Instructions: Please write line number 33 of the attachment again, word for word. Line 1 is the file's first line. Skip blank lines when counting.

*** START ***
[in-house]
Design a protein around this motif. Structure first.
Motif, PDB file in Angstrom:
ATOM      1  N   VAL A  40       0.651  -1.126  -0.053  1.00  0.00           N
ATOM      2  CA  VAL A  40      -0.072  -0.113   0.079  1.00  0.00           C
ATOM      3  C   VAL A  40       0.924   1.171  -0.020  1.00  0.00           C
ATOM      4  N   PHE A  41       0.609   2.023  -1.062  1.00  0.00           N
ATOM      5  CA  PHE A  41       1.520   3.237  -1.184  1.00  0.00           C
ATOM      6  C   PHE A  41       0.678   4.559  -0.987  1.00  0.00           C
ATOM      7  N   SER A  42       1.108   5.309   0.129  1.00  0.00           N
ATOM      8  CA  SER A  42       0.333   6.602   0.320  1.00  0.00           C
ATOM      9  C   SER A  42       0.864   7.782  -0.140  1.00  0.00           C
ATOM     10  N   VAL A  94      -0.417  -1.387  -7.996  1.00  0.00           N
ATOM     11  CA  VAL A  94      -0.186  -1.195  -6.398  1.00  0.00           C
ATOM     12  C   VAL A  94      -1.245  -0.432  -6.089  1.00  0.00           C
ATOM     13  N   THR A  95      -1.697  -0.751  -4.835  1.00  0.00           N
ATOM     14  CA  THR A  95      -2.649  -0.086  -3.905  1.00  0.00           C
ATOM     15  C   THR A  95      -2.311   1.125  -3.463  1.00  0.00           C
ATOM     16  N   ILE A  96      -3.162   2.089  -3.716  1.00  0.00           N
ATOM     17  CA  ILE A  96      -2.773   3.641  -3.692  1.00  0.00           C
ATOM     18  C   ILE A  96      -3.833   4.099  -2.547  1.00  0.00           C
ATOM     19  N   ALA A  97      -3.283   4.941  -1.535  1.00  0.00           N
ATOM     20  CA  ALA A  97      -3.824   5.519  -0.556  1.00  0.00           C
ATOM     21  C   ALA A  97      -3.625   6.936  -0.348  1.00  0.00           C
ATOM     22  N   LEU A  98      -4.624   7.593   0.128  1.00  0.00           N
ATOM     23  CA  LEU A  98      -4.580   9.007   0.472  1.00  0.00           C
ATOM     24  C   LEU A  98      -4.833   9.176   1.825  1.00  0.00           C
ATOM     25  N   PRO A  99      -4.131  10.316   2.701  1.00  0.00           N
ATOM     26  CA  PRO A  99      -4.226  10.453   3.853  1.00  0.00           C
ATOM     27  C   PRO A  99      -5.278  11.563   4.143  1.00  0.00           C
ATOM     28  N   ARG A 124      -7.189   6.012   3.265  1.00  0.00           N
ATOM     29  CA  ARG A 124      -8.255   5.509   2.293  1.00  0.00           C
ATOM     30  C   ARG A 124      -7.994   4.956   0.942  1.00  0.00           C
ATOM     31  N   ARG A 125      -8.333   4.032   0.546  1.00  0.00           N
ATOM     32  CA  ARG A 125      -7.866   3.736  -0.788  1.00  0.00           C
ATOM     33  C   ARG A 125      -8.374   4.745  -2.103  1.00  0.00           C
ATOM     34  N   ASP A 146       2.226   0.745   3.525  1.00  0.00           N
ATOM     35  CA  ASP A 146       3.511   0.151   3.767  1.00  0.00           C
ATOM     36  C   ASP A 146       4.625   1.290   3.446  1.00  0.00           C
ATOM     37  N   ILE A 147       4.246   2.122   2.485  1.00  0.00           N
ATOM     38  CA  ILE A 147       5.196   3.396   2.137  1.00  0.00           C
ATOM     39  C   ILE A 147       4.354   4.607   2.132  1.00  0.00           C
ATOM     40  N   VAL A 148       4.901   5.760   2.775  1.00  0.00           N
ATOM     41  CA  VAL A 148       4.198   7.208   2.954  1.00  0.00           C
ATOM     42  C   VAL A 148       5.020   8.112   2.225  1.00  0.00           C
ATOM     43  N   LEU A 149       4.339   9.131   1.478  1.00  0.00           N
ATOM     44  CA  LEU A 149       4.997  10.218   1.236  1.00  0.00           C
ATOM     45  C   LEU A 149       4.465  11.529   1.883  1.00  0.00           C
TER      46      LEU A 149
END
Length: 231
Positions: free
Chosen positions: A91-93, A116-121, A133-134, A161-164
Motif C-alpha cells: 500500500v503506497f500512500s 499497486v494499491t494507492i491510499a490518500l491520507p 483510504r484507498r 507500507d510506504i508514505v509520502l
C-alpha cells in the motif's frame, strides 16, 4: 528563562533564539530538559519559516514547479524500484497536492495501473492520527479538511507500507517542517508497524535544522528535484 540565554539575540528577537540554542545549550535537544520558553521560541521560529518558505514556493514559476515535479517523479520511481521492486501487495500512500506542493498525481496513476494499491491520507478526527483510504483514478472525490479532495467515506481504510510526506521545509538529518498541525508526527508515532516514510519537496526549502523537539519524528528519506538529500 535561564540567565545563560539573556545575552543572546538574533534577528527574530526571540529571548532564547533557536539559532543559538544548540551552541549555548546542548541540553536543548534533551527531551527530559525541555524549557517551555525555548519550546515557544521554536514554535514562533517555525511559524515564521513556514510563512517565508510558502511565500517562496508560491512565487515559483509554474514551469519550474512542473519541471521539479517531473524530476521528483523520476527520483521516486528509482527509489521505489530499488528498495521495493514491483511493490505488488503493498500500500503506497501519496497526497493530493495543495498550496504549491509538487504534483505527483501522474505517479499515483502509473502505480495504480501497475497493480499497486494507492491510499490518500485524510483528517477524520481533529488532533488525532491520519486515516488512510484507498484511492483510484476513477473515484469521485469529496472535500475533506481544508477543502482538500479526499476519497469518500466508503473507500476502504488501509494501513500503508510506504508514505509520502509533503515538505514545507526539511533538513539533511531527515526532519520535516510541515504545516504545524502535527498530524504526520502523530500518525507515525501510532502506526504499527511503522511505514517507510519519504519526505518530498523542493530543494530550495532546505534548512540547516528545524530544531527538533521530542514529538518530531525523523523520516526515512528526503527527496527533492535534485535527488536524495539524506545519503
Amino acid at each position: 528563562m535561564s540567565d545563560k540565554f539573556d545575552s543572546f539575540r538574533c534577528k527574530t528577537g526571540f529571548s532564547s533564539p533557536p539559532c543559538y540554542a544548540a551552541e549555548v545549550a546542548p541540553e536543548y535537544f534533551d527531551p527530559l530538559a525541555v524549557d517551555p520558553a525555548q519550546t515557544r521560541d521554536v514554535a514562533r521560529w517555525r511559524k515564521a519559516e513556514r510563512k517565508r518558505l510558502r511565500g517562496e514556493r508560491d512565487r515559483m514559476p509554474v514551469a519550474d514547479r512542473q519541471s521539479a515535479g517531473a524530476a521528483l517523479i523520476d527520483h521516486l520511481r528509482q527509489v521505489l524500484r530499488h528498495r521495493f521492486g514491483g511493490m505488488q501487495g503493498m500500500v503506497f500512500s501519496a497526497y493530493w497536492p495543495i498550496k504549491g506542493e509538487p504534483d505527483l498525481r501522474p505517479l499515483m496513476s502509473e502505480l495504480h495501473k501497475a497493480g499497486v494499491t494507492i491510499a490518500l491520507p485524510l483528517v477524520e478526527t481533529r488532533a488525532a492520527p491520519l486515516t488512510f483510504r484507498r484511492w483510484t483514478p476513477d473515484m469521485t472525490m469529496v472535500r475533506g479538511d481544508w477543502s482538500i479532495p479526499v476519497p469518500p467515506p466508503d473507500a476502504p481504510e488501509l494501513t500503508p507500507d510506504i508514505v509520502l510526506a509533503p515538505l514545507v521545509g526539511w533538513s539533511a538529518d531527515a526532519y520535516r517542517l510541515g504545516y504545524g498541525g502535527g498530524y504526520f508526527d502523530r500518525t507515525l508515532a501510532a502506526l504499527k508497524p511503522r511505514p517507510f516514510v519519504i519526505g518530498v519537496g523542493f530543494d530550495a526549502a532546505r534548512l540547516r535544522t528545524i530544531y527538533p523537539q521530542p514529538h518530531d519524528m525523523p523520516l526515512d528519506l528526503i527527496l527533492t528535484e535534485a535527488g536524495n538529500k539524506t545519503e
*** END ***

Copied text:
ATOM     30  C   ARG A 124      -7.994   4.956   0.942  1.00  0.00           C